Without a doubt, Munich is a city that has its urban green spaces down pat. The Englischer Garten (English Garden) is among the most impressive city parks in the world, offering great historical significance along with its idyllic pathways that are shaded by oaks and maples. This expanse covers an area of 417 hectares, making the Englischer Garten larger than both Hyde Park in London and New York’s Central Park.
The Englischer Garten was commissioned by Elector Karl Theodor in 1789 and designed by American-born scientist Benjamin Thompson, whose creation was – as the name suggests – inspired by country parks in England. The park is home to about 60 species of birds as well as hedgehogs, squirrels, foxes, rabbits and hares, among other common varieties of garden wildlife.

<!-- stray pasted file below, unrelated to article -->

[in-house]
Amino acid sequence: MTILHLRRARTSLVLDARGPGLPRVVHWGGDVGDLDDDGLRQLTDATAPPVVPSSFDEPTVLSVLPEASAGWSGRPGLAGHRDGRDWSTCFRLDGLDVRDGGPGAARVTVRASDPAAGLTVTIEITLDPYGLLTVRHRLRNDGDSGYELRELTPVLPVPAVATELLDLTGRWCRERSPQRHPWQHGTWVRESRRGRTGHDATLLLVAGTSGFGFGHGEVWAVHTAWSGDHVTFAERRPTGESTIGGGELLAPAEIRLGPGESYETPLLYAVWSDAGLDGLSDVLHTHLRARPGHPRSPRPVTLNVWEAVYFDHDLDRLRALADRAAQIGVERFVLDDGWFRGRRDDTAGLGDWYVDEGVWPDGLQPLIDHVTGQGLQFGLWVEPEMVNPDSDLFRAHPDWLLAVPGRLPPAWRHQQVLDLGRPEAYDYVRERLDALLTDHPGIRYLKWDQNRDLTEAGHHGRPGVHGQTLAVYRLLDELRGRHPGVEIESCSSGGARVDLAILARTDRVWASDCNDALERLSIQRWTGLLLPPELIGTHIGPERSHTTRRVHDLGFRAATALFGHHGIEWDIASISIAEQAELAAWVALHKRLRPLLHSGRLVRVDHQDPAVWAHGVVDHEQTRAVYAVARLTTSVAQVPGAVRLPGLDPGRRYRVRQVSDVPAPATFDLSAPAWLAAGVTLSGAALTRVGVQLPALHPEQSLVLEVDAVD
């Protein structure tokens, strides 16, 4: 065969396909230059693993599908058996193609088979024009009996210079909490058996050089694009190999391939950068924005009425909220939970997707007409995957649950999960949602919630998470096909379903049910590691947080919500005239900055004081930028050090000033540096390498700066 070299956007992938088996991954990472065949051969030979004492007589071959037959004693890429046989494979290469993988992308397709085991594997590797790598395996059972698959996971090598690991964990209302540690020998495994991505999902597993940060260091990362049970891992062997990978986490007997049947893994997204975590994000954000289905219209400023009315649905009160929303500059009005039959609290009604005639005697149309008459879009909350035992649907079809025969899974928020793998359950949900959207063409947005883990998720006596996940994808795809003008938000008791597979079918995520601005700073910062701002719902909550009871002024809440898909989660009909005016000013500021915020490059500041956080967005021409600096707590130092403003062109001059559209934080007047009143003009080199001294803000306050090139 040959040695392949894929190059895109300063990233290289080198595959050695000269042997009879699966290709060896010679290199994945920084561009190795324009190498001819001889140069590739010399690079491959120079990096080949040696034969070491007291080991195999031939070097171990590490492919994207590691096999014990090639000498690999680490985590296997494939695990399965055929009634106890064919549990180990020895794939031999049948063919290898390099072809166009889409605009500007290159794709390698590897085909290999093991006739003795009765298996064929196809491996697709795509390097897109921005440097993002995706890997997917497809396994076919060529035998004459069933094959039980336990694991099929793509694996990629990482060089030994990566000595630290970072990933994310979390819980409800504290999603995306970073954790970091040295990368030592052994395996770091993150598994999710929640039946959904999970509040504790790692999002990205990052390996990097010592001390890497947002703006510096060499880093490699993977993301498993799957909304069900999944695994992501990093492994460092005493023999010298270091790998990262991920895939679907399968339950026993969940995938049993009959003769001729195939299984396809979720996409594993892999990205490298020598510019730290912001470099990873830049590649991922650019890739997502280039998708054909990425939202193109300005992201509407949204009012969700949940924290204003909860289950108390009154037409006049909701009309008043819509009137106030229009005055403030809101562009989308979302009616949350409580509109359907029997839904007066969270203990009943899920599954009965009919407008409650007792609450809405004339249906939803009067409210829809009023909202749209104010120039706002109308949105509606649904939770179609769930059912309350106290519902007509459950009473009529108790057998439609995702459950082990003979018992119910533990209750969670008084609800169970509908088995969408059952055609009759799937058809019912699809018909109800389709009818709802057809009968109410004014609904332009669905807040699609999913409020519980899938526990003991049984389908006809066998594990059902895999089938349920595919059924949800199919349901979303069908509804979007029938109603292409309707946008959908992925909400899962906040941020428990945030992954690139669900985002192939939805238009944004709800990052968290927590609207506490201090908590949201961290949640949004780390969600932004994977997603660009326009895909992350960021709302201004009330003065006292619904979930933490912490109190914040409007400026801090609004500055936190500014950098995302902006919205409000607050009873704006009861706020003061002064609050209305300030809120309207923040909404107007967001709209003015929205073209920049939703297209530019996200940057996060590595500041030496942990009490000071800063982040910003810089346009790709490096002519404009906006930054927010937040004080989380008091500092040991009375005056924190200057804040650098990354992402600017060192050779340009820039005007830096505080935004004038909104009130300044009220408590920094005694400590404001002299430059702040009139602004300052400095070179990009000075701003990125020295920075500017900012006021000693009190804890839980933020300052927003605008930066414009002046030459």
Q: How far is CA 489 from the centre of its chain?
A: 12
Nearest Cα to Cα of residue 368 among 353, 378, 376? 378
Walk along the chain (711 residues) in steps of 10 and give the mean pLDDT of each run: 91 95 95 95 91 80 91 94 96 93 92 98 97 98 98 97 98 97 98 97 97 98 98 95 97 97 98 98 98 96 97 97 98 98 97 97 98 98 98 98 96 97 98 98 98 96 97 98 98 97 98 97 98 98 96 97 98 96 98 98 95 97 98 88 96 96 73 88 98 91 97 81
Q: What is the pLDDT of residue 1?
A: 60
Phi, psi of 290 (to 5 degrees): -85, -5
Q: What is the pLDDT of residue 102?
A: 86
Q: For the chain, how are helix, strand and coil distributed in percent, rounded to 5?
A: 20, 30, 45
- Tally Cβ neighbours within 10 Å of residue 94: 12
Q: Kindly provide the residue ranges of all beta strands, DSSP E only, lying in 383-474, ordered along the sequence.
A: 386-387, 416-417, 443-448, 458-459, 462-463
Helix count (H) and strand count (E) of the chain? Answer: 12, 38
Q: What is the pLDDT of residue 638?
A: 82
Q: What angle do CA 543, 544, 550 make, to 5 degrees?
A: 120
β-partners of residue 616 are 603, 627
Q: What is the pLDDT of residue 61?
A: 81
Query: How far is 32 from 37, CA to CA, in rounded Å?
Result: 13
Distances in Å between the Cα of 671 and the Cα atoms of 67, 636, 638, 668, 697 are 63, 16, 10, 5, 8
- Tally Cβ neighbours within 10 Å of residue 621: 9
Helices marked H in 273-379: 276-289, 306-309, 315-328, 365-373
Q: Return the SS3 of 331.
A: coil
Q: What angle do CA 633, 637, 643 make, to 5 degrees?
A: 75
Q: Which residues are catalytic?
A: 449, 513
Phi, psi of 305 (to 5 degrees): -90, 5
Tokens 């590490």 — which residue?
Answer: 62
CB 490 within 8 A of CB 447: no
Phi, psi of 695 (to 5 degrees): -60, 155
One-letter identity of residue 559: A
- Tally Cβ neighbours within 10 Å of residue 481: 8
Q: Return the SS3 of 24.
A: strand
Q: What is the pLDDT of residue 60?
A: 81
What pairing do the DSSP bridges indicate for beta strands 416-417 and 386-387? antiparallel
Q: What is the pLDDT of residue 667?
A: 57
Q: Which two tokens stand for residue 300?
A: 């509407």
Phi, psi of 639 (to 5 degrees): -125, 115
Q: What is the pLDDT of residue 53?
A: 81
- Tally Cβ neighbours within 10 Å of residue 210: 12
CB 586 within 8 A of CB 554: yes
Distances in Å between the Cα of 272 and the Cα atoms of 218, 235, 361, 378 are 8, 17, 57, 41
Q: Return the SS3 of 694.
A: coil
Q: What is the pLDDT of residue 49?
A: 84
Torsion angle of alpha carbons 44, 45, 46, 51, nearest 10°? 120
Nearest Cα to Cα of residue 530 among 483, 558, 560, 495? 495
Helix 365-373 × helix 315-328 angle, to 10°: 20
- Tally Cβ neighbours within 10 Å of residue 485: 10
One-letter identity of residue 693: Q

The centrepiece is the Kleinhesseloher See, a large lake in the middle of the gardens where visitors can partake in activities like boating around the three islands that sit in the lake’s centre. Another feature is the Monopteros, an elegant stone building that’s perched on one of the park’s hills. From here, magnificent views of the city of Munich can be enjoyed, as well as the meadows of the Englischer Garten itself, said to be loveliest at sunset.
Visitors can also sample an array of dining and drinking options while in the park. Enjoy breakfast at Seehaus restaurant, located on the banks of the lake, or have a few drinks at the beer garden located adjacent to Chinesischer Turm, a 25-metre-high wooden structure finished in the late 18th century. Continuing the park’s Asian theme, a Japanese tea house, built in 1972, offers gloriously exotic brews along with regular Japanese tea ceremonies. Active visitors can also take advantage of the park’s extensive paths for running and cycling, which include more than 100 bridges and footbridges in this labyrinthine green space.